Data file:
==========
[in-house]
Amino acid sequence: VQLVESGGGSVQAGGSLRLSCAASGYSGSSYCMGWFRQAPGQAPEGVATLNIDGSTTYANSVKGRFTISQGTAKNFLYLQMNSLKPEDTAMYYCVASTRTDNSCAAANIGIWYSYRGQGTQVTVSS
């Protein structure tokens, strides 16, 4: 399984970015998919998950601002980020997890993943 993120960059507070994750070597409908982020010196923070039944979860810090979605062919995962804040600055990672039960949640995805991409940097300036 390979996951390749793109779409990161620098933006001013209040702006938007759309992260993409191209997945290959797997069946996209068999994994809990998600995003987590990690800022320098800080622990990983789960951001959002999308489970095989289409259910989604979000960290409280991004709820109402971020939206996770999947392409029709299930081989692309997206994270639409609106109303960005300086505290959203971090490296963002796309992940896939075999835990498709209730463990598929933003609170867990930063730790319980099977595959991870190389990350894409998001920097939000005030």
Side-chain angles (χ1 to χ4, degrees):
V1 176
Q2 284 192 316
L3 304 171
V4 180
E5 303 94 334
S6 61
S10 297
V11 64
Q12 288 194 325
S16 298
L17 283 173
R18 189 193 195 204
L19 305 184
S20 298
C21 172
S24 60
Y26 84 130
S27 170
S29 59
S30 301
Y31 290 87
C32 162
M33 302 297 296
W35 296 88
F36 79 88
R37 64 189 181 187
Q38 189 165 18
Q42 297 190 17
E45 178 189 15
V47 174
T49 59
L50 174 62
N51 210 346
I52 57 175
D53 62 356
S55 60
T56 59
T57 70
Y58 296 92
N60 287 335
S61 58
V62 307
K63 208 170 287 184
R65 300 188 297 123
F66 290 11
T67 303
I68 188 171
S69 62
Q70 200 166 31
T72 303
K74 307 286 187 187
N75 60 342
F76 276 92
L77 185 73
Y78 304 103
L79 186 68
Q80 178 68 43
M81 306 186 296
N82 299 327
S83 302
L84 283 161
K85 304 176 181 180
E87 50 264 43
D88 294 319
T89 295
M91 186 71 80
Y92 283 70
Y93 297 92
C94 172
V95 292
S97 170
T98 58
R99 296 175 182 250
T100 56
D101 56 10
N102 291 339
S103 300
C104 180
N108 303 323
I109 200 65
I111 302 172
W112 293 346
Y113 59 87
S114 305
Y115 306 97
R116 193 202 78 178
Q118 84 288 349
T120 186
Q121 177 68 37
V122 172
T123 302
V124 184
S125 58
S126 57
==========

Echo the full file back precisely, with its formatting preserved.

[in-house]
Amino acid sequence: VQLVESGGGSVQAGGSLRLSCAASGYSGSSYCMGWFRQAPGQAPEGVATLNIDGSTTYANSVKGRFTISQGTAKNFLYLQMNSLKPEDTAMYYCVASTRTDNSCAAANIGIWYSYRGQGTQVTVSS
């Protein structure tokens, strides 16, 4: 399984970015998919998950601002980020997890993943 993120960059507070994750070597409908982020010196923070039944979860810090979605062919995962804040600055990672039960949640995805991409940097300036 390979996951390749793109779409990161620098933006001013209040702006938007759309992260993409191209997945290959797997069946996209068999994994809990998600995003987590990690800022320098800080622990990983789960951001959002999308489970095989289409259910989604979000960290409280991004709820109402971020939206996770999947392409029709299930081989692309997206994270639409609106109303960005300086505290959203971090490296963002796309992940896939075999835990498709209730463990598929933003609170867990930063730790319980099977595959991870190389990350894409998001920097939000005030």
Side-chain angles (χ1 to χ4, degrees):
V1 176
Q2 284 192 316
L3 304 171
V4 180
E5 303 94 334
S6 61
S10 297
V11 64
Q12 288 194 325
S16 298
L17 283 173
R18 189 193 195 204
L19 305 184
S20 298
C21 172
S24 60
Y26 84 130
S27 170
S29 59
S30 301
Y31 290 87
C32 162
M33 302 297 296
W35 296 88
F36 79 88
R37 64 189 181 187
Q38 189 165 18
Q42 297 190 17
E45 178 189 15
V47 174
T49 59
L50 174 62
N51 210 346
I52 57 175
D53 62 356
S55 60
T56 59
T57 70
Y58 296 92
N60 287 335
S61 58
V62 307
K63 208 170 287 184
R65 300 188 297 123
F66 290 11
T67 303
I68 188 171
S69 62
Q70 200 166 31
T72 303
K74 307 286 187 187
N75 60 342
F76 276 92
L77 185 73
Y78 304 103
L79 186 68
Q80 178 68 43
M81 306 186 296
N82 299 327
S83 302
L84 283 161
K85 304 176 181 180
E87 50 264 43
D88 294 319
T89 295
M91 186 71 80
Y92 283 70
Y93 297 92
C94 172
V95 292
S97 170
T98 58
R99 296 175 182 250
T100 56
D101 56 10
N102 291 339
S103 300
C104 180
N108 303 323
I109 200 65
I111 302 172
W112 293 346
Y113 59 87
S114 305
Y115 306 97
R116 193 202 78 178
Q118 84 288 349
T120 186
Q121 177 68 37
V122 172
T123 302
V124 184
S125 58
S126 57